Data-driven electrolyte design for lithium metal batteries with Dr. Solomon Oyakhire
Improving Coulombic efficiency (CE) is key to the adoption of high energy density lithium metal batteries. Liquid electrolyte engineering has emerged as a promising strategy for improving CE, but its inherent complexity makes CE prediction and electrolyte design challenging. In this talk, I will introduce machine learning (ML) models and workflows that inform the design of high-performance electrolytes.
Using the elemental composition of electrolytes as the features of our models, we apply linear regression, random forest, and bagging models to identify the critical features for predicting CE.
Our models reveal that a reduction in the solvent oxygen content is important for attaining high CE. Equipped with this insight and a few others, we formulated five new electrolyte compositions with fluorine-free solvents, one of which attains a high CE of 99.70%.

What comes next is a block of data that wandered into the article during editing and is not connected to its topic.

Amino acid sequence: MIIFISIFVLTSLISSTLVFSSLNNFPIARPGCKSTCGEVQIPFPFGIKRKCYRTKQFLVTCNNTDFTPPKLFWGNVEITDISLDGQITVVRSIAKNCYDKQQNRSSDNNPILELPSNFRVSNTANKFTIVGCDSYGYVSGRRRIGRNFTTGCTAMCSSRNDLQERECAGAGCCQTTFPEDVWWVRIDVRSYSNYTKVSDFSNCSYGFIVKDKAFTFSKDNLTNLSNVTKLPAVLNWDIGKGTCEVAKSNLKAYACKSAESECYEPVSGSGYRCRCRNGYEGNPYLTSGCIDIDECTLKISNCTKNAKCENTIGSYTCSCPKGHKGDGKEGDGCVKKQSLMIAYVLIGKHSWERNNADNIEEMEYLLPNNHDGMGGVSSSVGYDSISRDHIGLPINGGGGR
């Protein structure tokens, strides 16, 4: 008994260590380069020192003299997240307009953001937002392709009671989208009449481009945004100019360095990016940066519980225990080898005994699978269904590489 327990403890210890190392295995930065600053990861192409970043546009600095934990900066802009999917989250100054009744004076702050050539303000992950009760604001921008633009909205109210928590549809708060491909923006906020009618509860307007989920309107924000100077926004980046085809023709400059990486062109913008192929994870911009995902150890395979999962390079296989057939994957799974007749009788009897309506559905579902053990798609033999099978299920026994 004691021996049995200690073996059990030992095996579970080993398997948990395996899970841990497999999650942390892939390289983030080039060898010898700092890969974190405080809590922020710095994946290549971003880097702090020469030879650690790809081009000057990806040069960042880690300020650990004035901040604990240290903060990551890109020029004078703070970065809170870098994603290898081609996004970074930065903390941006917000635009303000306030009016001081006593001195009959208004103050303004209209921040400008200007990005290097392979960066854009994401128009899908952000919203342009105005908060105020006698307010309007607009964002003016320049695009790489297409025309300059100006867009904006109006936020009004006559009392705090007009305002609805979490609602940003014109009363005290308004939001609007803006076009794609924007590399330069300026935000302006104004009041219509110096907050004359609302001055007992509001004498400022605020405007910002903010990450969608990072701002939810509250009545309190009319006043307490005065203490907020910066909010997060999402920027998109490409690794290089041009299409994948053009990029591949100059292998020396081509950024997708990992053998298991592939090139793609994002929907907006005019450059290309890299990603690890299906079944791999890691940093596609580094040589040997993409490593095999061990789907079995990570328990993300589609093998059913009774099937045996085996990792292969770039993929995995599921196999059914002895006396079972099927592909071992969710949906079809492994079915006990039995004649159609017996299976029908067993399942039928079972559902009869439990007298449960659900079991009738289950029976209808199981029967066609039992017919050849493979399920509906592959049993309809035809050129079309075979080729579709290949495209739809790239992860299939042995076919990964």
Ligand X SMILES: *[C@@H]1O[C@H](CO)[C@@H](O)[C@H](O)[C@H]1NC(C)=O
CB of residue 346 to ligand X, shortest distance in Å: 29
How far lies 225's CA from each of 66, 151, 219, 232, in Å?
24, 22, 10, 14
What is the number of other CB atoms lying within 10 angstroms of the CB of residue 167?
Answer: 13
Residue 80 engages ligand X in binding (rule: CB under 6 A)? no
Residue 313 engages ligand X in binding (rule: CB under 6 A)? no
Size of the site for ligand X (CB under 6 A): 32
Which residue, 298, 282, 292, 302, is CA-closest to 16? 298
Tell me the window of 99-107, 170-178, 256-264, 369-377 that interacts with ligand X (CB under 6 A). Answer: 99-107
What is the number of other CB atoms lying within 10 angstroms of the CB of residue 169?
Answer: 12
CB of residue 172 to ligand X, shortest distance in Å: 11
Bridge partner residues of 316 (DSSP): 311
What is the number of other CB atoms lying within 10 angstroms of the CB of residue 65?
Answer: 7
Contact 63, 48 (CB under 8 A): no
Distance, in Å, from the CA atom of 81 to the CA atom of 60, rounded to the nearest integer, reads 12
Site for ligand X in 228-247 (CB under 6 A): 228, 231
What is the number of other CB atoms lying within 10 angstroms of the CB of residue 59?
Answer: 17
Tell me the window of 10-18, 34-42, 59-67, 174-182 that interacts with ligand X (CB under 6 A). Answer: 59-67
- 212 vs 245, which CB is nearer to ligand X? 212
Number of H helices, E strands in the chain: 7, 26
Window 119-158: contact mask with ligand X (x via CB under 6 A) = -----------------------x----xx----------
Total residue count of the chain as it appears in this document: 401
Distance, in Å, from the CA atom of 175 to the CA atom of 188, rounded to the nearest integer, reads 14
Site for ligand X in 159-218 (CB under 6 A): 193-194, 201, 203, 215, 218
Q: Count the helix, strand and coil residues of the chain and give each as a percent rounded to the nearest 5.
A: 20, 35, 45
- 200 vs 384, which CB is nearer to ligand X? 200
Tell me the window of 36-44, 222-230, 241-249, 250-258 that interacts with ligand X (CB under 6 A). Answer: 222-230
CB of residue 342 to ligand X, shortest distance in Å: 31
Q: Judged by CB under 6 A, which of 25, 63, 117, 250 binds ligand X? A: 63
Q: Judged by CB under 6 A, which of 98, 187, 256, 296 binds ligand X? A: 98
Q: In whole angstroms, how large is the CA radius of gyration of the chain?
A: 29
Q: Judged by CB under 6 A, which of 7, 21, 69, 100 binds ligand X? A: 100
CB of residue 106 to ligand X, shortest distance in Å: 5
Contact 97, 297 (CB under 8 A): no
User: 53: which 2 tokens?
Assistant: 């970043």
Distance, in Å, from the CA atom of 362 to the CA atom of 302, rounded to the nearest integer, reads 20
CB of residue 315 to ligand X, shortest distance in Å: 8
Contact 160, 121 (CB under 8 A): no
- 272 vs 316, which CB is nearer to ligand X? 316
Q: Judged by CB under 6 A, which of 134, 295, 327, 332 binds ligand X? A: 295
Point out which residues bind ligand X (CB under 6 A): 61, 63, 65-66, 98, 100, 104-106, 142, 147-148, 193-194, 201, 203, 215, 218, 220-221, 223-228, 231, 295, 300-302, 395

Altogether, this work underscores the promise of data-driven approaches in expediting the discovery of high-performance electrolytes for lithium metal batteries.
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Dr. Solomon Oyakhire
Schmidt Science Postdoctoral Fellow at UC Berkeley
Solomon is a Schmidt Science postdoctoral fellow at UC Berkeley where he is advised by Professor Kristin Persson and Professor Gerbrand Ceder. He received his PhD in Chemical Engineering at Stanford University, where he was advised by Professor Stacey Bent and Professor Yi Cui. His research is focused on using surface science and machine learning for understanding reactivity and electron transfer in energy systems. Prior to Stanford, he received his BSc. in Chemical Engineering with highest honors from the University of Lagos, Nigeria.